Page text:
- 从“古董汽车”到“自动驾驶”：1956 款通用 Firebird II 概念车已经搭载了一套车载“指引”系统，可进行无人驾驶操作。（图片来源：通用汽车）
回顾过去 100 多年的汽车发展历史，我们可以清楚看到，自动驾驶绝非最近才出现的新奇技术。
By Erika Anden & Lindsay Brooke
在汽车行业中，很多工程师都喜欢说，汽车电气化“已有百年历史，可直到现在电池还没找好”。这只是一句玩笑，但是当今许多“先进”技术确实都植根于几十年前就已经出现的概念中。举个例子，与最早的速度控制 (1916 年) 和远程控制汽车（1920 年代初）相比，动力转向系统也只能算的上是新鲜事物。
每年，来自世界各地参与SAE 全球汽车年会(WCX) 的技术发烧友们，都不会错过由我们交通运输工具历史委员会(Mobility History Committee)举办的系列活动。委员会主席MartinRowell表示，无论是在WCX学习实验室以“未来的历史（The History of the Future）”的演讲报告上，还是展厅中一辆辆稀有珍贵的先锋车展车，我们都不难发现，今年他们开始将注意力集中在 “通往自动驾驶技术实现之路”上的重要里程碑上。
“经过一个世纪以来的创新，我们开始计划真正推出自动驾驶汽车，这不再只是未来学家的美丽愿望。事实上，我们现在已经可以在公共道路上看到一些具有自动驾驶功能的车辆了。” Rowell 主席指出，“如今，未来世界中的自动驾驶汽车已经触手可及，一切都将随之改变。不过，我们又是如何一步步走到这里的呢？”
“自动驾驶汽车实现之路”展览中展出了自动驾驶技术发展历程中一些极具里程碑意义的重要车型。此外，交通运输工具历史委员会还在三层的会议室中举办了多个技术会议，主题包括“早期汽车空气动力学和精简设计”(Early Automotive Aerodynamics & Streamlining)、“第一次世界大战中的自由卡车”(the WWI Liberty Truck)；“汽车、文化与替代燃料蒸汽汽车”(Cars and Culture and the “Alt-fuel” Stanley Steamer)等。
从“古董汽车”到“自动驾驶”：1956 款通用 Firebird II 概念车已经搭载了一套车载“指引”系统，可进行无人驾驶操作。（图片来源：通用汽车）
1956款通用 Firebird II：搭载“自动指引”系统的“路上火箭”
通用Firebird 诞生于 1953 到 1959 年间，上图是通用 Motorama 概念车系列中的第 2 款（全部共 4 款，均命名为Firebird系列）。这款梦幻概念车采用钛材料车身及涡轮驱动动力系统，总设计师 Harley Earl 无疑受到了当时喷气式战斗机的启发。事实上，Earl 正是计划通过这四款 Firebird，将航空领域的最新设计和工程技术应用至福特的未来道路车辆研发中。
Firebird I 采用狭长设计，仅容一人乘坐，外形就像是一架没有机翼但又踩着四个轮子的喷气式飞机，而Firebird II 的车体则更宽，采用了如飞机驾驶舱一样的气泡型驾驶室，可容纳四人乘坐。这款 Firebird的设计非常先进，不但采用了当时在 1956 年非常尖端的钛金属板材，而且还搭载了一款输出马力高达 200 hp（150 kW）的内部研发涡轮发动机。这款发动机还支持余热回收功能，可以降低车辆尾部必须承受的极限高温，并同时为一些配件供电。特别值得一提的是，Firebird II 还配备了一套导航系统，可以引导车辆沿着公路中所埋电线发出的电信号行驶，进而实现自动驾驶的目的。
1912款凯迪拉克 Model 30：手摇曲柄消失
1912款 Model 30 是凯迪拉克首款采用查尔斯·凯特林发明的具有革命性的 Delco 电动启动器的内燃动力商用化汽车。正如宣传的一样，这款凯迪拉克绝对称得上一款改变游戏规则的车辆。Delco 启动器系统可为汽车的电池充电，进而为车辆的完整电气系统供电。凭借这款启动器，凯迪拉克一举去除了车辆的手摇曲柄，并抢占了所有电动汽车（当时很受欢迎）的最大优势——轻松利落的启动。
1916款 Scripps Booth Model C: 时尚的电动车
美国汽车制造商Scripps Booth 旗下的ModelC 经过专门设计，采用了一套电动设施和早期速度控制机制，可以让驾驶员在长途驾驶中让双脚适当休息。为了保持固定车速，驾驶员可借助方向盘中的控制杆将油门保持在固定位置，而且仅需轻踩刹车即可结束速度保持功能。这款交错式三座敞篷跑车还配备了一款电动启动器、电动门闩、电动头灯，以及“Klaxet”电动喇叭（可通过车辆方向盘中心的按钮直接控制）。
1918款 Detroit Electric：电动汽车的便利
1918款Detroit Electric 来自底特律汽车制造商 Anderson Electric Car 公司。这款很受欢迎电动汽车自 1907 年上市，并在 1939 年停产，产品寿命长达超过 30 年。车辆采用可反复充电的铅酸电池，最高时速为 20 英里/小时（32 公里/小时），在理想的热力学环境下，每次充满电续航里程为 80 英里（129 公里）。当时，AndersonElectric Car 汽车公司共生产了大约 13,000 辆Detriot Electric 电动汽车。
1940 款Olds Hydra-Matic：史上首款自动变速器
1940年，通用汽车的 Oldsmobile 品牌推出了世界上第一款搭配自动变速器的量产车。这款 Hydra-Matic 自动变速器可从驾驶员的手中（以及左脚）接过换挡任务，极大地推进了自动驾驶的发展历程。此后不久，凯迪拉克 (Cadillacs) 也推出了类似的自动变速器产品。这种新型自动变速器一经推出立刻大受欢迎 —— 通用汽车曾在二战之前售出了 20 万辆配备自动变速器的汽车。在二战期间，M5Stuart 和M24 Chaffee 轻型坦克也采用了 Hydra-Matic 自动变速器。通过与军方的合作，通用汽车的工程师也得以接触到一类最为独特的用户数据，这也帮助通用在战后时期大大提高了产品的自动化水平。
1960款凯迪拉克 Coupe DeVille：自动巡航系统的开山鼻祖
随着 1958款克莱斯勒 Imperial 的问世，现代巡航控制系统也首次进入世人的视线中。此后不久，这种新型控制系统又作为一种可选配置，登陆 1960 款凯迪拉克 Coupe DeVille。相较其他早期速度控制系统，巡航控制系统可使用旋转计速器，统计驱动轴的旋转，进而计算车辆的速度，并通过一款双向驱动电机，根据需求设定油门位置，性能已经取得了显著提升。
这种技术自 1958 年问世后得到了迅速发展。十年后，RCA公司推出了一款更新版本的“汽车电子巡航控制”(AutomotiveElectronic Cruise Control) 系统。新版本增加了一款数字存储器，这不但为巡航控制系统最终成功整合进入当时尚未问世的“电子道路事故避免系统”和“发动机控制器”奠定了基础，更是为当今自适应性巡航控制系统的诞生铺平了道路。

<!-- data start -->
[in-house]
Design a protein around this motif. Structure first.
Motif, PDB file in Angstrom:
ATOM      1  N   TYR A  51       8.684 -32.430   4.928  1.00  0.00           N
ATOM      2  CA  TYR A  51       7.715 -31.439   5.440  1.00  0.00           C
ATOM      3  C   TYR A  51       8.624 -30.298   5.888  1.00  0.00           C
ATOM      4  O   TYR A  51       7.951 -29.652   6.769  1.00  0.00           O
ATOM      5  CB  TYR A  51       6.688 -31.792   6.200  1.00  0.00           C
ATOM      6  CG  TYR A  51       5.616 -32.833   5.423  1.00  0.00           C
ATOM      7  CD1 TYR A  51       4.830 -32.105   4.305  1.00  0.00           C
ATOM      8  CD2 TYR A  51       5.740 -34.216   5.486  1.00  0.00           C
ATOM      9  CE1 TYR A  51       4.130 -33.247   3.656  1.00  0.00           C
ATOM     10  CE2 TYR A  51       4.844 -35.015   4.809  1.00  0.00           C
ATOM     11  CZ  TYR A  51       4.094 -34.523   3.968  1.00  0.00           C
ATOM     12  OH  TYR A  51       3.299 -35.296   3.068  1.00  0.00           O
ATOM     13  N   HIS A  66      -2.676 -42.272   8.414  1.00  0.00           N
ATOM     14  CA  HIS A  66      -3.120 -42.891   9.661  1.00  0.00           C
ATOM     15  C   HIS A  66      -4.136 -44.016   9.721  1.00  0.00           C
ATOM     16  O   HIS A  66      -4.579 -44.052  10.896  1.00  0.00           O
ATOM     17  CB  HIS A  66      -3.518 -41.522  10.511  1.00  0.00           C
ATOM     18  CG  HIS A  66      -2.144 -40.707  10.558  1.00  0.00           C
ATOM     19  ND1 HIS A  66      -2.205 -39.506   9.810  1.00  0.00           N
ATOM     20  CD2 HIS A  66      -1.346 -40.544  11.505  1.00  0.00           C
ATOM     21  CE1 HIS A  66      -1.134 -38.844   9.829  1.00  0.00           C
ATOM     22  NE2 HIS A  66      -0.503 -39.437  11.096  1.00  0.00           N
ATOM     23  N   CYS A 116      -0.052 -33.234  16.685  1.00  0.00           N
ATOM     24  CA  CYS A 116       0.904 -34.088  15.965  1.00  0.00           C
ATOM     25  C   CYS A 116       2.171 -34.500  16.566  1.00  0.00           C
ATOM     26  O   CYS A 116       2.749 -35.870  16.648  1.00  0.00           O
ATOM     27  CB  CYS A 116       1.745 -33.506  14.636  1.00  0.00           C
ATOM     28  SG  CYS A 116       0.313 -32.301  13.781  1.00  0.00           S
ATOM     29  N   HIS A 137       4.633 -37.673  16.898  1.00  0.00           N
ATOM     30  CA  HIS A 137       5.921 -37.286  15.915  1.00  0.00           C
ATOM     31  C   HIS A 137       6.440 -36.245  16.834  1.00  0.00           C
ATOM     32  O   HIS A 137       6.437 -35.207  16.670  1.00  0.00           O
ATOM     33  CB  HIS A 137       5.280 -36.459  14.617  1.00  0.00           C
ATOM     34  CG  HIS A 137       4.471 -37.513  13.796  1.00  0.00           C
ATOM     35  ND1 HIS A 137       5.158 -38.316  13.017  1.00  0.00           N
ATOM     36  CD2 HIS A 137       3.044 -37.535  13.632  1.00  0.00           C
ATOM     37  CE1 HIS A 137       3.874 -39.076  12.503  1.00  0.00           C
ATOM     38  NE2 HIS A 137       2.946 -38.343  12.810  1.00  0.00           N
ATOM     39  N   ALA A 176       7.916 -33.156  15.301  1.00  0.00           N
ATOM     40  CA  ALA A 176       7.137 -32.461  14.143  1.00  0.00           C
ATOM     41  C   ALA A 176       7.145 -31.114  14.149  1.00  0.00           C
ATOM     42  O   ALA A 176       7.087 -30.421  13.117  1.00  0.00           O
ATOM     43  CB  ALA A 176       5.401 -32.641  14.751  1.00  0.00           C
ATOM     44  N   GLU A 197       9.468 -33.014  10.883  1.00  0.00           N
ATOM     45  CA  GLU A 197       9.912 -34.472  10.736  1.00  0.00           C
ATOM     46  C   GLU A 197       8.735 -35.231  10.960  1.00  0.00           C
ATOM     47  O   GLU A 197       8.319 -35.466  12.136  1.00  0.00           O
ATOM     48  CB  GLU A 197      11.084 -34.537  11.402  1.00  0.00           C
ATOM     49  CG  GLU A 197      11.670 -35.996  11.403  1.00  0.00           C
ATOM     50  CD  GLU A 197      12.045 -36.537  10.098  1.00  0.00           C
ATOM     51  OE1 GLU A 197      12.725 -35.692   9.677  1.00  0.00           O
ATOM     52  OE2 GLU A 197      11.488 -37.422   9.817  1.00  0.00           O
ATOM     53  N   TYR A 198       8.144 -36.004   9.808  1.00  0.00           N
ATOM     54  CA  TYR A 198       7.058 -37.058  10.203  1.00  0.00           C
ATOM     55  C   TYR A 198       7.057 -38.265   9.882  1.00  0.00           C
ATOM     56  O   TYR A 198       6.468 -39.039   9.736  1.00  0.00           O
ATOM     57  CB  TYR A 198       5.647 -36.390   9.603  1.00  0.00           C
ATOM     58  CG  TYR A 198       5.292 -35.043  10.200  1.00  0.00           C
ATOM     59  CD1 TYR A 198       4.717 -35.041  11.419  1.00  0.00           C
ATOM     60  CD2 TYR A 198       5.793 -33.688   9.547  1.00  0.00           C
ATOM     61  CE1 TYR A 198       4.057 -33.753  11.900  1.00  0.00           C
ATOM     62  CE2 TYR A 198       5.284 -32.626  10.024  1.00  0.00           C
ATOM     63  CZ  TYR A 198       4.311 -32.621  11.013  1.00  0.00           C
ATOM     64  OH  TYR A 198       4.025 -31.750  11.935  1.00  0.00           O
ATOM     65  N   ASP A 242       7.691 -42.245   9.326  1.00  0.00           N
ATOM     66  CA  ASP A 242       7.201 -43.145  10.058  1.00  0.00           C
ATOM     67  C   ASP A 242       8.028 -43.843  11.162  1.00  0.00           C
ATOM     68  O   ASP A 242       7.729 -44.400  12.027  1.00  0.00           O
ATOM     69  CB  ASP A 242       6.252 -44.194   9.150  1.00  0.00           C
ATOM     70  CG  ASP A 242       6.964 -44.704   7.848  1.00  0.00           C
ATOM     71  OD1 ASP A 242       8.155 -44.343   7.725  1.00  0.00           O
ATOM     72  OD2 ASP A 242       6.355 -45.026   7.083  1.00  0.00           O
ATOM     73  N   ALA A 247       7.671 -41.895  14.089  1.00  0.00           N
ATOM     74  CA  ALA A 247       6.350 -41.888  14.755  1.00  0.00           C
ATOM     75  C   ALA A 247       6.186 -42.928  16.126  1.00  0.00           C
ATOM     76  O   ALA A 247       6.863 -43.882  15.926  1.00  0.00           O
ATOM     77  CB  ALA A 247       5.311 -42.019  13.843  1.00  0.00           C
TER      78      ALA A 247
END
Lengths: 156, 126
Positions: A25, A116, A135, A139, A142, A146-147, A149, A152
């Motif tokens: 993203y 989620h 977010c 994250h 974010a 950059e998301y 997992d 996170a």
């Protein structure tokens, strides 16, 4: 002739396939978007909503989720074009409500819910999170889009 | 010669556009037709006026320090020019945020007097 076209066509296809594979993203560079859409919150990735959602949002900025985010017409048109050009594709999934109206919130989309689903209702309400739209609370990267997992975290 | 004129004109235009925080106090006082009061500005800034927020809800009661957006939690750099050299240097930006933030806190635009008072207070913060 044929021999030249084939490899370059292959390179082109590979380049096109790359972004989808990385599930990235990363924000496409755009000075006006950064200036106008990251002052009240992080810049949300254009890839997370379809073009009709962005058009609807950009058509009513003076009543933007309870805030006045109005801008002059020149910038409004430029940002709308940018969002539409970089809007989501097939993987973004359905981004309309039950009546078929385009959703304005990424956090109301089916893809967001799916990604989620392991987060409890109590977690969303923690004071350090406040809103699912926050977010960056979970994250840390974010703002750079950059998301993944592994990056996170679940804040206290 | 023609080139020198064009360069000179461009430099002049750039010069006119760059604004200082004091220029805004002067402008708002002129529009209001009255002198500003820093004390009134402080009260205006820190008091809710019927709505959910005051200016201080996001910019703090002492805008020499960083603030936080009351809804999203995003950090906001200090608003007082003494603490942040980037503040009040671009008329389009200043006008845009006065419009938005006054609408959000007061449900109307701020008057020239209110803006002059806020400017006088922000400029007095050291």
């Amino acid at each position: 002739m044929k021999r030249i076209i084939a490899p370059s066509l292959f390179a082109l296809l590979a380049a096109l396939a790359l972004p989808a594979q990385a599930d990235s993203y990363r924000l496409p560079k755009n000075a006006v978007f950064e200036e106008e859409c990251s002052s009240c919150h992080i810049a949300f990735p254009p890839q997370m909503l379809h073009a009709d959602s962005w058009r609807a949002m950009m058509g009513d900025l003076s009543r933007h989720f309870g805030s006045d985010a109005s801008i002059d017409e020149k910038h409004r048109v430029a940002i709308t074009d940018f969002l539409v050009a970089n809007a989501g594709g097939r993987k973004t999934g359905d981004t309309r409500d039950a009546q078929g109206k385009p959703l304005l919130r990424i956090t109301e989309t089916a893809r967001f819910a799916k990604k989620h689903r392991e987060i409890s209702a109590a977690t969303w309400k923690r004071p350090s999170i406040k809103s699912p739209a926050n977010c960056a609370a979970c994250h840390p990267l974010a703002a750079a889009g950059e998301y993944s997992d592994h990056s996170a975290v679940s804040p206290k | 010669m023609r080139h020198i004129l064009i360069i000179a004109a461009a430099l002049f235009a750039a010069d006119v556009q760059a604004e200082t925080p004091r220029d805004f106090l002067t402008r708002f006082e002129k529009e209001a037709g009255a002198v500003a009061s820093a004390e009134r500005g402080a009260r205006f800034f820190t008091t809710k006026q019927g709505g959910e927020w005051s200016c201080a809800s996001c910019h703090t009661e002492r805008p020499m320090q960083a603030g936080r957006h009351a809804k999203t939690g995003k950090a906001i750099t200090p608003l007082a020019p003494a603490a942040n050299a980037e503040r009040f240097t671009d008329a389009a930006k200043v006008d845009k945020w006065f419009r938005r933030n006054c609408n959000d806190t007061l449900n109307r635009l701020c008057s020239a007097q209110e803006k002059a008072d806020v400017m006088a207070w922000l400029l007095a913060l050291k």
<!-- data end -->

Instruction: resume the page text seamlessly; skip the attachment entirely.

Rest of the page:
1988年 1 月，在通用汽车“合作与技术” (Teamwork and Technology)展览会上，这款长达 212.6 英寸（5.4 米）的凯迪拉克Voyage 可以满足现场观众对未来技术的所有期待！空气动力学？车辆的风阻系数仅为0.28Cd；主动车身架构？车辆的前轮裙可随着车身一起转动；先进照明系统？车辆配备了LED 尾灯和转向灯；传感器？车辆有后视摄像头。此外，这款 Voyage 还采用了“无钥匙入车”、语音识别，及搭配路线指引和彩色显示器的集成导航系统。记住，这所有让人惊叹的一切全部诞生于 1987 年。Voyage 的全轮驱动系统也同样让人印象深刻，官方声称这款车的最高时速可达 200 英里/小时（322 公里/小时）。
2007年，在一个纯人工模拟的城市环境下，一款经过改装的雪佛兰 Tahoe 借助自动驾驶系统，安全地行驶在公共道路上。这款Tahoe 不仅赢得了第三届 DARPA 挑战赛的冠军，更是创造了自动驾驶的历史。DARPA 挑战赛由美国国防部高级研究计划署举办，旨在推进自动驾驶地面车辆相关使能技术的开发。这款绰号“TheBoss”的雪佛兰卡车是卡内基梅隆大学和通用汽车公司携手合作的成果，当时的开发团队成员包括卡耐基梅隆大学的师生，及通用、卡特彼勒(Caterpillar)、大陆 (Continental) 和英特尔(Intel) 的工程师。
“TheBoss” 可以融合来自多个雷达、激光雷达和摄像头的数据，并集成了 GPS 和一款来自 MobileEye 的视觉系统，可以估算其他车辆、静态障碍物以及道路设施的位置，进而成功规划路线并实现自动驾驶。
2010款 EN-V Jiao：“滑板”电动车
从许多方面来看，这辆诞生于 2010 年的电动原型车都与最早期的电动汽车非常相似。与许多早期的电动汽车一样，EN-V 是一款专为城市出行而设计的两座电动汽车。经过 100 多年的进化和创新，EN-V 与早期电动汽车最大的区别在于，这是一辆自动驾驶汽车。
EN-V（即Electric NetworkedVehicle，电动联网汽车）的研发由通用先进研发部主管 Chris Boirroni-Bird 直接负责，是通用与全球著名电动平衡车制造商 Segway 合作研发的成果。这款车采用Borroni-Bird 和 Larry Burns 博士开发的紧凑型“滑板”平台，并搭配了Segway 的电机。EN-V内部集成了GPS、车载传感器和V2V 技术，其中很多都借鉴于DARPA 获奖作品“TheBoss”。
EN-V采用可充电锂离子电池供电，每次充电后至少可以行驶 25 公里（40 公里），且使用标准插座即可进行充电。
Automotive history is rife with examples that demonstrate autonomy is far from a new idea.
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While auto engineers like to quip that vehicle electrification “is a century old and still in search of a battery,” it’s no joke that many of today’s “advanced” technologies are rooted in concepts first explored decades ago. Compared with the earliest speed control (1916) and remotely controlled cars (early 1920s), for example, even power steering is a relatively new thing.
Technology enthusiasts at SAE's WCX event in Detroit each year never miss the activities of SAE’s Mobility History Committee. For 2018, the energetic group draws attention to milestones on the route to the self-driving future. It’s “The History of the Future” told in WCX Learning Lab presentations and displayed in the rare, pioneering vehicles on the show floor, according to MHC chair Martin Rowell.
“After more than a century of innovation we have begun planning the launch of self-driving cars. No longer a futurist pipe dream, we can already see autonomous functionality at work on public roads,” Rowell noted. “The car of the future is almost here, and it will change everything—but how did we get here?”